So yeah, no one knows. Please don’t even try. Be a dispensationalist or a futurist if you wish, but please do not go this route.

In Christ,
Nick Peters

Olivet Discourse Matthew 24:35

How sure are the words of Jesus? Let’s plunge into the Deeper Waters and find out.

Jesus here has a contrast. He is clear that this generation will not pass away, but He says Heaven and Earth will pass. He also says that His words will not pass away. While that could be a pointer to an inerrancy of His words, which I would accept even though this is not necessarily I think the best text for it, it’s more the idea of the certainty of the judgment. Of course, it would be. In Matthew 23 he had just lambasted the Pharisees and shared the certainty of judgment to them.

Some could think that this verse could indicate the destruction of Earth. I do not think that anymore than God needs to destroy the Heaven that He dwells in, as if it’s somehow impure. The same would refer to the sky. If anything, I think this would indicate more of a purification. The way the universe is today will pass away. God has always been about redeeming the Earth just as He has been about redeeming the human body, hence the incarnation.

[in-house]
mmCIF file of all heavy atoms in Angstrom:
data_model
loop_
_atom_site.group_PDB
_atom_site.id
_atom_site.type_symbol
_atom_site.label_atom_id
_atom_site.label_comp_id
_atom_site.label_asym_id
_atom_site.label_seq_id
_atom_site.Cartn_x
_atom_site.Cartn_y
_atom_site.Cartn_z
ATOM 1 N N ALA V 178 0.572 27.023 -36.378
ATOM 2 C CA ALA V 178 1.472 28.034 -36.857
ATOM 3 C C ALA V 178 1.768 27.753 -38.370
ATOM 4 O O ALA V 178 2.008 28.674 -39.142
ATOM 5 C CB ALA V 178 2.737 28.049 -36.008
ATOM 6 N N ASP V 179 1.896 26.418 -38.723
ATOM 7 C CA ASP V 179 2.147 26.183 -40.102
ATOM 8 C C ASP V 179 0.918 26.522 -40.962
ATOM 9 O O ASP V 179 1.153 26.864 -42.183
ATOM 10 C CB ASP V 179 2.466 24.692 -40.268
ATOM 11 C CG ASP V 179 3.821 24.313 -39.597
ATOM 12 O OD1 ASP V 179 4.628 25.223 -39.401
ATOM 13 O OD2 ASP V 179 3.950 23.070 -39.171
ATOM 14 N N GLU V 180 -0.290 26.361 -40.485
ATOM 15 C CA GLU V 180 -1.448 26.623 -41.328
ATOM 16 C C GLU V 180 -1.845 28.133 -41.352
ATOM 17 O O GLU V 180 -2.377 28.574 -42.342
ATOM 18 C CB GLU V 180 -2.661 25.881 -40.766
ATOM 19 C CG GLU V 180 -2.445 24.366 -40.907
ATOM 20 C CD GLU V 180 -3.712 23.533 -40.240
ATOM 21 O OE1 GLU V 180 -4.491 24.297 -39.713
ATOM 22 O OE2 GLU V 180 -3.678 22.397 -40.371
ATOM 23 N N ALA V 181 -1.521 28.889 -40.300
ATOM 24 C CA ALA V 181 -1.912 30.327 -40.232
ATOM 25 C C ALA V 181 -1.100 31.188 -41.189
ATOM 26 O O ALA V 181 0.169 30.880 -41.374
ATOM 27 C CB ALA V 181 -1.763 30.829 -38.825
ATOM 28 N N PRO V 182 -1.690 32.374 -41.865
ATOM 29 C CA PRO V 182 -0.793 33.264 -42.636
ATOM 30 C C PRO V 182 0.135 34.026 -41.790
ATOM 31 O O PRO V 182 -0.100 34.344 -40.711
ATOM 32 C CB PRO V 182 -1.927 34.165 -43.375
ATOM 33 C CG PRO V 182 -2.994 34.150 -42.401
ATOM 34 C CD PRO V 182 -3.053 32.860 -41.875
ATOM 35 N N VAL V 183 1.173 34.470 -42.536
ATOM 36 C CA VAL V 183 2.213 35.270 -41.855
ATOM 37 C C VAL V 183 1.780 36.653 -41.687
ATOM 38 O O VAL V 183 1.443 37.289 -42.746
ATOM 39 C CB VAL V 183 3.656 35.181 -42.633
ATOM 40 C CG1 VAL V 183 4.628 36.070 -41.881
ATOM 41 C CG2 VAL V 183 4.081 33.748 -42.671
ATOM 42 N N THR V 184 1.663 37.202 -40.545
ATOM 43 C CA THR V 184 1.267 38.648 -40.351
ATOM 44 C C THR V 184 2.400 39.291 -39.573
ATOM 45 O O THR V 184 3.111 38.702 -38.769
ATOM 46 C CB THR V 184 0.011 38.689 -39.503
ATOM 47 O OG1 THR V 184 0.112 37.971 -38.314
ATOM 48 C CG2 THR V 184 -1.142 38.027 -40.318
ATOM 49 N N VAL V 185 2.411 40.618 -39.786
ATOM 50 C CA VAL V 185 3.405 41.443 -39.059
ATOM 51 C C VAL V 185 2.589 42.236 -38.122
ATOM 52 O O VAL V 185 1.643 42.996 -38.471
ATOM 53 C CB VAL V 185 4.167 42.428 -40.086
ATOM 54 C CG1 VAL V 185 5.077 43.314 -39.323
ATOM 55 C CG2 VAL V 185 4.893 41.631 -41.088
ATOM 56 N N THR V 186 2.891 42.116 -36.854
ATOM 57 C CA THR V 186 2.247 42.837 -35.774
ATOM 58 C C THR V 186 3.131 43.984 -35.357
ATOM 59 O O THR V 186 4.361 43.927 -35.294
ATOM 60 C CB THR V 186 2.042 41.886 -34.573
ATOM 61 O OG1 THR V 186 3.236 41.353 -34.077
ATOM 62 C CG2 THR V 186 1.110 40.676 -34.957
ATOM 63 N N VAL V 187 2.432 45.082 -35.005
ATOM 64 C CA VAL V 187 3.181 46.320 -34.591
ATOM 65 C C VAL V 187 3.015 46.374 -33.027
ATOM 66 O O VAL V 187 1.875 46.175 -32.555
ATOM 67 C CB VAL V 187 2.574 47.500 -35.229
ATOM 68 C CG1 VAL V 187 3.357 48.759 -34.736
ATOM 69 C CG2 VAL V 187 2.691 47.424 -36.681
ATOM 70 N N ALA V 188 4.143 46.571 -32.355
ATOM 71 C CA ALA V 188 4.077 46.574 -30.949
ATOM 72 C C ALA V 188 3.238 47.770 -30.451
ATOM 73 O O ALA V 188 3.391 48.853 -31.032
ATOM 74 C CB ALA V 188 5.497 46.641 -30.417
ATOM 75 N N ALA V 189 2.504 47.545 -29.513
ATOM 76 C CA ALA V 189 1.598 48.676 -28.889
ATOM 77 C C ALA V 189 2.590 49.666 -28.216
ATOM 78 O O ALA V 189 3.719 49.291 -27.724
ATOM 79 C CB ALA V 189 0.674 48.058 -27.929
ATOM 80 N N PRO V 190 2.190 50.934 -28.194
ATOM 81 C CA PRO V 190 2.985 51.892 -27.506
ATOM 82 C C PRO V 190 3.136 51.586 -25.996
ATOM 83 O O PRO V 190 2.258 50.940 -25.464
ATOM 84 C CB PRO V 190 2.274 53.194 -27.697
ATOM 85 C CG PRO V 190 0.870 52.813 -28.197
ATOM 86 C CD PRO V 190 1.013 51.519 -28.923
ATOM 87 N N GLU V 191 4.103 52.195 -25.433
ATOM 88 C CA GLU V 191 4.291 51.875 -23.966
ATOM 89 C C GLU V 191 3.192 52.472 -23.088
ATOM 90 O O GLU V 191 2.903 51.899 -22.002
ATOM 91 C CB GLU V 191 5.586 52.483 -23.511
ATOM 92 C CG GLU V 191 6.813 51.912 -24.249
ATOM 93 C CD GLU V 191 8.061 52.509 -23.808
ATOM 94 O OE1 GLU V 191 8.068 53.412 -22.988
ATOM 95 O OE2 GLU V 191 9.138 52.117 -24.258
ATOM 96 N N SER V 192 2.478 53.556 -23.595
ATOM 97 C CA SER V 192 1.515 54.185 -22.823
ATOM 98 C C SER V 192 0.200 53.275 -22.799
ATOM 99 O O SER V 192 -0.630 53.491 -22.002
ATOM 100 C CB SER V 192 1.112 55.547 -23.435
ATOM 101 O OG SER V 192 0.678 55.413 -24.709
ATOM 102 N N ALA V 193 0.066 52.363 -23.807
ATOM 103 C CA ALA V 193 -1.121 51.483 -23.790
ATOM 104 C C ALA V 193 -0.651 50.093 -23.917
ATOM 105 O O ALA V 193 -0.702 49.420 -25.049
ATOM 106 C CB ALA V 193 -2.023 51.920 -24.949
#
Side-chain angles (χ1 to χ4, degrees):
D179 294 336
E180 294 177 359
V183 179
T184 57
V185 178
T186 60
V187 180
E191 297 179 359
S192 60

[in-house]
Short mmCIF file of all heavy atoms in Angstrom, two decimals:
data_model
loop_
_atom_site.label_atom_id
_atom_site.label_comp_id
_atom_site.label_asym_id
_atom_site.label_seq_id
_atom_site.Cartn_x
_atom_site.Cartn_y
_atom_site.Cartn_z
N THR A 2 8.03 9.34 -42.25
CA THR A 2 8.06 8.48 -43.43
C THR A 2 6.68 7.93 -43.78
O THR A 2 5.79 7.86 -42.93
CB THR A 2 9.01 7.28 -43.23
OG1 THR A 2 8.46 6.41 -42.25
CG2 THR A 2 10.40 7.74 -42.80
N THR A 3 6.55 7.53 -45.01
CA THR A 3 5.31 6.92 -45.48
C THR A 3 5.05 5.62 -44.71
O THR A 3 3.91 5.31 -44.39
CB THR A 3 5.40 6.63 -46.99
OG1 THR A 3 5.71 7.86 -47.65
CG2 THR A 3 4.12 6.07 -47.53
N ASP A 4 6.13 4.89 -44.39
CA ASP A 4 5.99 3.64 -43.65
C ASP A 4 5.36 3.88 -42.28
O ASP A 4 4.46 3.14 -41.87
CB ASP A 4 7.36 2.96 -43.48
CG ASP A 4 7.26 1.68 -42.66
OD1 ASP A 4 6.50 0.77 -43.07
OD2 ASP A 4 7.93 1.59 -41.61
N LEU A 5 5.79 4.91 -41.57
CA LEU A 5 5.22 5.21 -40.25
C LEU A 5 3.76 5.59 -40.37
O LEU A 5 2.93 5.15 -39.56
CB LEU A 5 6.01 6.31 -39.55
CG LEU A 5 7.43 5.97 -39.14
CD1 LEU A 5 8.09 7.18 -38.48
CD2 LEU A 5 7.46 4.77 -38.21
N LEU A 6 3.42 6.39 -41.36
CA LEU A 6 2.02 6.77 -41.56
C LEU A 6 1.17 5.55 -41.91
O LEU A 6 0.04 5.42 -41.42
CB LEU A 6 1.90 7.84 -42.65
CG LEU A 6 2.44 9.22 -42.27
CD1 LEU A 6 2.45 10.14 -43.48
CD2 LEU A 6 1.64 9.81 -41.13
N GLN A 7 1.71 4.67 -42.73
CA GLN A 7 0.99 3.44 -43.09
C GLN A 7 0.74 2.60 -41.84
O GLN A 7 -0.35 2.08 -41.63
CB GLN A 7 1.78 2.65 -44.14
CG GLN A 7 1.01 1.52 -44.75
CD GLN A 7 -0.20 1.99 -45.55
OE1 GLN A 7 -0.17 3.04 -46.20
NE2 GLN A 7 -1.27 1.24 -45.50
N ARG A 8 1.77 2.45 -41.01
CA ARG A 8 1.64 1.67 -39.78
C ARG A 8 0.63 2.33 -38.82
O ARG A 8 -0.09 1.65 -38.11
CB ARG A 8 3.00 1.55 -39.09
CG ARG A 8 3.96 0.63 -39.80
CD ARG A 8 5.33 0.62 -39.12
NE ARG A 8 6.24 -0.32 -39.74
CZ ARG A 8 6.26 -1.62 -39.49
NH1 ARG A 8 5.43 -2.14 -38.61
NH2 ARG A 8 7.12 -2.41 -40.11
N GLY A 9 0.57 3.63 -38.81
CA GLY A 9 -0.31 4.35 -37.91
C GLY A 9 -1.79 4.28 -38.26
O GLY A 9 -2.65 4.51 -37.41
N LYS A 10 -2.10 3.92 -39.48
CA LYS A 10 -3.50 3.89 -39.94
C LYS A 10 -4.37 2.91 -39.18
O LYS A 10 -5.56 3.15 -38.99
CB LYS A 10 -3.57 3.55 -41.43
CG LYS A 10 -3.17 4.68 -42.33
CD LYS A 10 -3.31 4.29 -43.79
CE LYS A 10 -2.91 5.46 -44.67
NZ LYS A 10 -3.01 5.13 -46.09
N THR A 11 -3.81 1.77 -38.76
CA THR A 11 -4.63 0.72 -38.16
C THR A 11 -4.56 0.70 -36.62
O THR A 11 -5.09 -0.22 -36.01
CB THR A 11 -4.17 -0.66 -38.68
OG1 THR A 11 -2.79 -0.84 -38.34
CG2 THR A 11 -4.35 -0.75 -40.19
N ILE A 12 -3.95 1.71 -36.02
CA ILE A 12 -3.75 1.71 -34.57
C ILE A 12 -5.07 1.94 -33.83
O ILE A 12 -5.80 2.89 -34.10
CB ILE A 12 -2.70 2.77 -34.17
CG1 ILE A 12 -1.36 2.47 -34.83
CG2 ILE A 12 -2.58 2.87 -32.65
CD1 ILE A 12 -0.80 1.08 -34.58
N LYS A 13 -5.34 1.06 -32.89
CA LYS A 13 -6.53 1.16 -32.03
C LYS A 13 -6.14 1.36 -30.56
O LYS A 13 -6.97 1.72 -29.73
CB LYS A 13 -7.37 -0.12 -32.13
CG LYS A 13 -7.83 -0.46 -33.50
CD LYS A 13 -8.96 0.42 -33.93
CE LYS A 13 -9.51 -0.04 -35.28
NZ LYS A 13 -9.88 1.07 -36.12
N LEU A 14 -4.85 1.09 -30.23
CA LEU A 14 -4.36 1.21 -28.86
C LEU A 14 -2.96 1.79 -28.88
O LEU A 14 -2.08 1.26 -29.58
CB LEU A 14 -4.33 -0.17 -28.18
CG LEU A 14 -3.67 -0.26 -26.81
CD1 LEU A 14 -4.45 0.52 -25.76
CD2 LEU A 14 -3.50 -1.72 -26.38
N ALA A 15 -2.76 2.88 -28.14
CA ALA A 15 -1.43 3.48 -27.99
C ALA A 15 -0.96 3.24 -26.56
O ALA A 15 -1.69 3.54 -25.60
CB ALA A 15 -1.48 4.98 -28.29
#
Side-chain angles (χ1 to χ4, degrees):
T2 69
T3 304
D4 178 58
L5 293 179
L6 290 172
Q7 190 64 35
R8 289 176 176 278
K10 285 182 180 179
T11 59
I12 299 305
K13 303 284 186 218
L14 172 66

At this point also, I think there is a decided shift in the discourse. Jesus is now wrapping up talking about an event that is coming on the first-century audience. Now, He will shift towards later judgment. At the same time, it is a present judgment. These are immediate calls to repentance for the people, which would also make sense since he has told the people now that judgment is coming on them soon, or at least His disciples who will bring this message to the people.